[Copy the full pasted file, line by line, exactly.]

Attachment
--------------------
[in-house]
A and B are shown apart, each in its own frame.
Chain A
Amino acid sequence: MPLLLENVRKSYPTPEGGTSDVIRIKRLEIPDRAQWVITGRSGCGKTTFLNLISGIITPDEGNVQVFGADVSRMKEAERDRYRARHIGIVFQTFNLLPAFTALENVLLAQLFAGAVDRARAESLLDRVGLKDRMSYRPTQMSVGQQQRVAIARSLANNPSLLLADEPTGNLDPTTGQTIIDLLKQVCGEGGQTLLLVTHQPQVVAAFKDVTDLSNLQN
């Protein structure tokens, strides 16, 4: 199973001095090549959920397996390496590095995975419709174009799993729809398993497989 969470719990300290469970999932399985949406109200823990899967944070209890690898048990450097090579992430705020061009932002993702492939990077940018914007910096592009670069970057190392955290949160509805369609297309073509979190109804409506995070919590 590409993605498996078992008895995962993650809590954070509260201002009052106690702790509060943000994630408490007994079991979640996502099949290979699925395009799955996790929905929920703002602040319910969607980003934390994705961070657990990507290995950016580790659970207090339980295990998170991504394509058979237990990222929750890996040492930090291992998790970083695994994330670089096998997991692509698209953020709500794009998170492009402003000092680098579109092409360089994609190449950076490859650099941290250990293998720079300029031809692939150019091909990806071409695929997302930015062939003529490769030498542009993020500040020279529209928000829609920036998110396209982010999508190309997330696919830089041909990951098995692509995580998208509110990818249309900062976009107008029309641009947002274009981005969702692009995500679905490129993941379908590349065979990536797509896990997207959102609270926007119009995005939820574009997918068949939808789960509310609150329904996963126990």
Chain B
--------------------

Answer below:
[in-house]
A and B are shown apart, each in its own frame.
Chain A
Amino acid sequence: MPLLLENVRKSYPTPEGGTSDVIRIKRLEIPDRAQWVITGRSGCGKTTFLNLISGIITPDEGNVQVFGADVSRMKEAERDRYRARHIGIVFQTFNLLPAFTALENVLLAQLFAGAVDRARAESLLDRVGLKDRMSYRPTQMSVGQQQRVAIARSLANNPSLLLADEPTGNLDPTTGQTIIDLLKQVCGEGGQTLLLVTHQPQVVAAFKDVTDLSNLQN
């Protein structure tokens, strides 16, 4: 199973001095090549959920397996390496590095995975419709174009799993729809398993497989 969470719990300290469970999932399985949406109200823990899967944070209890690898048990450097090579992430705020061009932002993702492939990077940018914007910096592009670069970057190392955290949160509805369609297309073509979190109804409506995070919590 590409993605498996078992008895995962993650809590954070509260201002009052106690702790509060943000994630408490007994079991979640996502099949290979699925395009799955996790929905929920703002602040319910969607980003934390994705961070657990990507290995950016580790659970207090339980295990998170991504394509058979237990990222929750890996040492930090291992998790970083695994994330670089096998997991692509698209953020709500794009998170492009402003000092680098579109092409360089994609190449950076490859650099941290250990293998720079300029031809692939150019091909990806071409695929997302930015062939003529490769030498542009993020500040020279529209928000829609920036998110396209982010999508190309997330696919830089041909990951098995692509995580998208509110990818249309900062976009107008029309641009947002274009981005969702692009995500679905490129993941379908590349065979990536797509896990997207959102609270926007119009995005939820574009997918068949939808789960509310609150329904996963126990």
Chain B